Review by Paul Marshall
In the West and elsewhere, views of Islam are sharply divided. To put the matter far too simply, one side describes Islam as a “religion of peace,” while the other contends that it is particularly disposed to violence. Similar strife occurs in debates about law, democracy, religious freedom, and other human rights in the Muslim-majority world. In Religious Freedom in Islam: The Fate of a Universal Human Right in the Muslim World Today, Daniel Philpott avoids inflammatory labels like “Islamophobic,” instead framing the debate as a contest between “Islamopluralists” and “Islamoskeptics.”
Philpott, one of the world’s leading scholars of religion and politics (and especially of religious freedom), hopes that even if these arguments cannot be resolved, they can at least be engaged more fruitfully. He believes that much of the debate can be best addressed through asking, “Is Islam receptive to religious freedom?”
To answer this question, he gives a broad overview of the empirical, historical, and theological issues at stake, and he does so judiciously.
A Bleak Portrait
Philpott’s desire for even-handedness does not lead him to downplay the major troubles in the contemporary Muslim-majority world. While acknowledging that no religion, or non-religious movement, has a monopoly on repression and violence, he argues that these vices are now most prevalent within Islamic societies.
He puts the matter starkly: “My own research found that in 2007, 91% of all terrorist groups in the world proclaimed a radical Islamic message. Political scientist Monica Toft finds that today about three-quarters of the world’s civil wars that are fought over religious issues involve at least one Muslim [side].” Furthermore, “since the end of the Cold War, 71% of these wars have involved a Muslim-dominated government and predominantly Muslim rebel groups; and that Islamist rebels are implicated in all 14 instances of this kind of war that have broken out since 2000.” And finally, “[W]hereas half of the world’s countries are electoral democracies, only a fifth of Muslim-majority countries are electoral democracies.”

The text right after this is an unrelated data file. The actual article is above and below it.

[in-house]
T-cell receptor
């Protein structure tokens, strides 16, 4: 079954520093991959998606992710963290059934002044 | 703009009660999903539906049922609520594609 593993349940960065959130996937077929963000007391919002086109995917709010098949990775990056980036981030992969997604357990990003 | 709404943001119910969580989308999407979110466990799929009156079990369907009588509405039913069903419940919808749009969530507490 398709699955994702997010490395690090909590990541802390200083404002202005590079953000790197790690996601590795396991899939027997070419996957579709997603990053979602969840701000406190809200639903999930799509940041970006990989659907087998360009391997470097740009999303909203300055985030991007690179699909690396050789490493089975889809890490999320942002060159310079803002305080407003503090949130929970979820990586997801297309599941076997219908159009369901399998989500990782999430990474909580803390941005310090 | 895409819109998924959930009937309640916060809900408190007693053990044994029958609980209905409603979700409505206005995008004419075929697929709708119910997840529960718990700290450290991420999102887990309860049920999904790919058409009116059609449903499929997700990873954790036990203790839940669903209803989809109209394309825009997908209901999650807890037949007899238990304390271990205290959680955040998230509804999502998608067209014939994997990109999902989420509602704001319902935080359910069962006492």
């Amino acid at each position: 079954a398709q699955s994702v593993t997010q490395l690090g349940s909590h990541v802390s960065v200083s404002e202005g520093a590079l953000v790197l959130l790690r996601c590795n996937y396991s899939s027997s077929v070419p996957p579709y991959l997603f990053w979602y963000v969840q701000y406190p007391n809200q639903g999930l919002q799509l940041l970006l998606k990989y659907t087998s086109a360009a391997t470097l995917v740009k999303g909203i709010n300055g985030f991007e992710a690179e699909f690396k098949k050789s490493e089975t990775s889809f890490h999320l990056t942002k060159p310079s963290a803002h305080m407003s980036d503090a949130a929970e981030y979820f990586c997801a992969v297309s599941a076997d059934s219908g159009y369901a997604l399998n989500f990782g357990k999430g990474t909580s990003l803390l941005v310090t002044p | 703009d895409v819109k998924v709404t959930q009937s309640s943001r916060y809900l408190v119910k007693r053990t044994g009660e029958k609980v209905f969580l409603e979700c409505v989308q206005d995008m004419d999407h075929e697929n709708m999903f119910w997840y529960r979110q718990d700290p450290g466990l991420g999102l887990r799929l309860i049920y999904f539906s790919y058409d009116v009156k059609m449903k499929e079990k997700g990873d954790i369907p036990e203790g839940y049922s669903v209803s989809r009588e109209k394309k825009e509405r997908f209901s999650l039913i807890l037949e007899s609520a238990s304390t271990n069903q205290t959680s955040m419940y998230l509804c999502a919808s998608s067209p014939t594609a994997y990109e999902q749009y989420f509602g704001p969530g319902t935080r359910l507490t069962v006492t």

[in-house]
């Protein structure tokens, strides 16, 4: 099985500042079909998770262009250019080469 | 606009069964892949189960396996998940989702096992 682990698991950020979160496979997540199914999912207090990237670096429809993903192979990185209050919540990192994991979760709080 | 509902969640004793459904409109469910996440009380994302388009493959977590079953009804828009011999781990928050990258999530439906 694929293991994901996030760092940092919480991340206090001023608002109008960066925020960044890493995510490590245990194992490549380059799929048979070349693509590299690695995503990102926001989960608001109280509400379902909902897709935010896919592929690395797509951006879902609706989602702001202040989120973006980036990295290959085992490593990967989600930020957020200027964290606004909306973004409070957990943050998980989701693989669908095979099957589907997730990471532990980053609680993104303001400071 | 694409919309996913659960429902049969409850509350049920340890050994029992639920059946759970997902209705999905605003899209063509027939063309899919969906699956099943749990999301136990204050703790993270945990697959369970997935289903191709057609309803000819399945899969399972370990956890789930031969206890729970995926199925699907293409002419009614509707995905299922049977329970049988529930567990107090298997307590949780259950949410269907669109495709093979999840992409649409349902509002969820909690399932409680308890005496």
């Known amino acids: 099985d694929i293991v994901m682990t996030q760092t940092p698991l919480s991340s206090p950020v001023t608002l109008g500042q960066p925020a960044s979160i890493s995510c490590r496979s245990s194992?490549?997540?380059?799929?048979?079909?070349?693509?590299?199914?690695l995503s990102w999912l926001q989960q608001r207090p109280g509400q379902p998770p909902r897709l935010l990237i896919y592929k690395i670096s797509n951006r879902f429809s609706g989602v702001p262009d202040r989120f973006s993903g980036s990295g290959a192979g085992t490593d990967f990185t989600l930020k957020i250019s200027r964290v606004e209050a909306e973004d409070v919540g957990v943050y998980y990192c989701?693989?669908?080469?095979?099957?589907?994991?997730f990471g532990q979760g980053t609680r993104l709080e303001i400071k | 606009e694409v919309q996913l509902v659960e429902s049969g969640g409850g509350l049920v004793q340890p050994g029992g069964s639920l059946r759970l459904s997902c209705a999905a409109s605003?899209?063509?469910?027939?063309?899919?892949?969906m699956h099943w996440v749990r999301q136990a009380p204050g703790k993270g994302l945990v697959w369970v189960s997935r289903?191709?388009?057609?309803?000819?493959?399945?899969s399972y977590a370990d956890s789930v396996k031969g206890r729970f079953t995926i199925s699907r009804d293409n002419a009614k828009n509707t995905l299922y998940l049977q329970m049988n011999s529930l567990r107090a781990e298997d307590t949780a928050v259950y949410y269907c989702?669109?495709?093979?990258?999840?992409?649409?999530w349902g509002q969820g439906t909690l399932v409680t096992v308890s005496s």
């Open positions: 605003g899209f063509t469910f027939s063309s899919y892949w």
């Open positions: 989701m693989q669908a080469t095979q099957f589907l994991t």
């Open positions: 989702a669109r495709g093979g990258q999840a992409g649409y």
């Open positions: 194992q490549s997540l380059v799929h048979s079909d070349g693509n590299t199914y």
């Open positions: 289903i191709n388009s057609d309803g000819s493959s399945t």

This grim picture continues when we focus on religious freedom. As Philpott notes, “From a satellite view, the landscape of Muslim-majority states favors the Islamoskeptics. Of 47 Muslim-majority states, 36, more than three quarters, have strong restrictions on religious freedom. Taken as a whole, the set of Muslim-majority states is far less religiously free than the global average or the set of Christian-majority countries.” He concludes as follows: “Taken as a whole, at the present moment, the Muslim-majority world is less free and more violent than the rest of the world.”
Having sketched this bleak portrait, Philpott next examines the religious freedom situation more closely and notes the many complexities involved. Over half of the book is devoted to a detailed analysis of the travails of religious freedom in the Islamic world. The key takeaway is that, despite undeniably troubling tendencies, all is not as grim as it first appears, and there are plausible paths to improvement.
Only 11 of the world’s 47 Muslim-majority states (the total number is disputed) have high levels of religious freedom. However, of the other 36, writes Philpott, “some 42% … are governed not by a radical form of Islam but by an aggressive form of secularism imported from the West.” He classifies the remaining 19 as both religiously restrictive and Islamist, which means they are “governed by a regime that deploys highly restrictive laws and policies to promote” some purportedly traditional form of Islam. This is a distressingly high number, but it is still a minority—approximately two-fifths of the Muslim world—and this provides some grounds for hope.
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Source: Christianity Today